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Rock Pipit

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A pipit species found in Dorset almost exclusively on the rocky limestone of the Purbeck and Portland coasts.


 

The rocky limestone of the Purbeck and Portland coasts is home to a good number of rock pipits (Anthus petrosus). It is not a common bird nationally but not uncommon here in Dorset in the right places.

All pipits are much the same to look at really; streaky brown back with a 'thrush-like' spotted front and telling a rock pipit from meadow pipit can be a bit daunting until you realise that you find the rock pipit on rocks, and meadow pipit in grassland habitats! If only it were that simple for some other species and their allotted English names! Garden warbler in a English country garden for example? I don't think so ...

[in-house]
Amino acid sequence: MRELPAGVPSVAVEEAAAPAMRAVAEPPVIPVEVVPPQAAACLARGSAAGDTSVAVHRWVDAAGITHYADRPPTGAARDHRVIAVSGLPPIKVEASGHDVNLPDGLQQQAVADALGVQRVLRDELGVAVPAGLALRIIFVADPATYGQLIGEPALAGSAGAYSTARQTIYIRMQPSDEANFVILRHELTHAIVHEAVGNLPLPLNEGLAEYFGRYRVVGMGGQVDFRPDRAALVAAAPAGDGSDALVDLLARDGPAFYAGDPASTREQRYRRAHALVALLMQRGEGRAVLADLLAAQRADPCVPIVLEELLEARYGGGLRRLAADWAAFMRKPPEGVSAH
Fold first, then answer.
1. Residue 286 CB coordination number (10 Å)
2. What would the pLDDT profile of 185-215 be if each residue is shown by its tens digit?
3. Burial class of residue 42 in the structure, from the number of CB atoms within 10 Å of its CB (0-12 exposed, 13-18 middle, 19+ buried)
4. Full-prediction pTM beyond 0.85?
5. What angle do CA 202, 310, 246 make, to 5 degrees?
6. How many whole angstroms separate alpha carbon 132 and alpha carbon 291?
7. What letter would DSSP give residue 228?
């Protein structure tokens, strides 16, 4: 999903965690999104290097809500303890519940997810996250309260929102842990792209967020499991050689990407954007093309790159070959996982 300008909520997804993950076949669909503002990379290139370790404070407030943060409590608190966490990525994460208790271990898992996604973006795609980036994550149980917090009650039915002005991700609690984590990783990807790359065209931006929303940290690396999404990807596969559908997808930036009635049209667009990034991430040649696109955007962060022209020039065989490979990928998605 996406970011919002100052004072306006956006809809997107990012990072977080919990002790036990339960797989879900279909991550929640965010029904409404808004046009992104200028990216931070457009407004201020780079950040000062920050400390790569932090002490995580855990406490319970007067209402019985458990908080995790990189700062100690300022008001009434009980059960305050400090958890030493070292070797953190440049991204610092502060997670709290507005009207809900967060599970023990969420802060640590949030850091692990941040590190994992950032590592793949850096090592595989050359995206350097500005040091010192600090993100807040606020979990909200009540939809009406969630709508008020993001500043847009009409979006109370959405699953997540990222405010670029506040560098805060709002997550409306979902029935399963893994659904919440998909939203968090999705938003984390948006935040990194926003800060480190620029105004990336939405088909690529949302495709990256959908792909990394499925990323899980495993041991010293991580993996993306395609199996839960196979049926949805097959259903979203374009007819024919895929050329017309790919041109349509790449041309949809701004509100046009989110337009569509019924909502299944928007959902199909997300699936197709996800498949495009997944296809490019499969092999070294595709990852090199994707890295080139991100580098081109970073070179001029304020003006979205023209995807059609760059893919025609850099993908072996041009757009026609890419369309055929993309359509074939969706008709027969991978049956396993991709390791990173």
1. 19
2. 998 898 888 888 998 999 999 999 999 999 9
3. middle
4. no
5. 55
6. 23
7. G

Like other pipits the male rock pipit has a lovely 'parachute' display, flying up and then gliding down, making a piping sound as it descends to a prominent rocky perch and you can see them doing that from late March through until mid-May. 

The rock pipit and the water pipit, although named as separate species are considered to be almost one and the same but water pipits are usually found in winter and at inland sites where there is water present, such as watercress beds.    


 

The records for this species have been organised into reports, charts, maps and photos. Click a pic below to see the detail:

Sites List Distribution Map Some Charts Some Photographs Original Tweets Relatives Guidance Notes
Common Name Rock Pipit
Scientific Name Anthus petrosus
Interest Level
3/5
Related Species - CLICK TO VIEW Pipits and Wagtails
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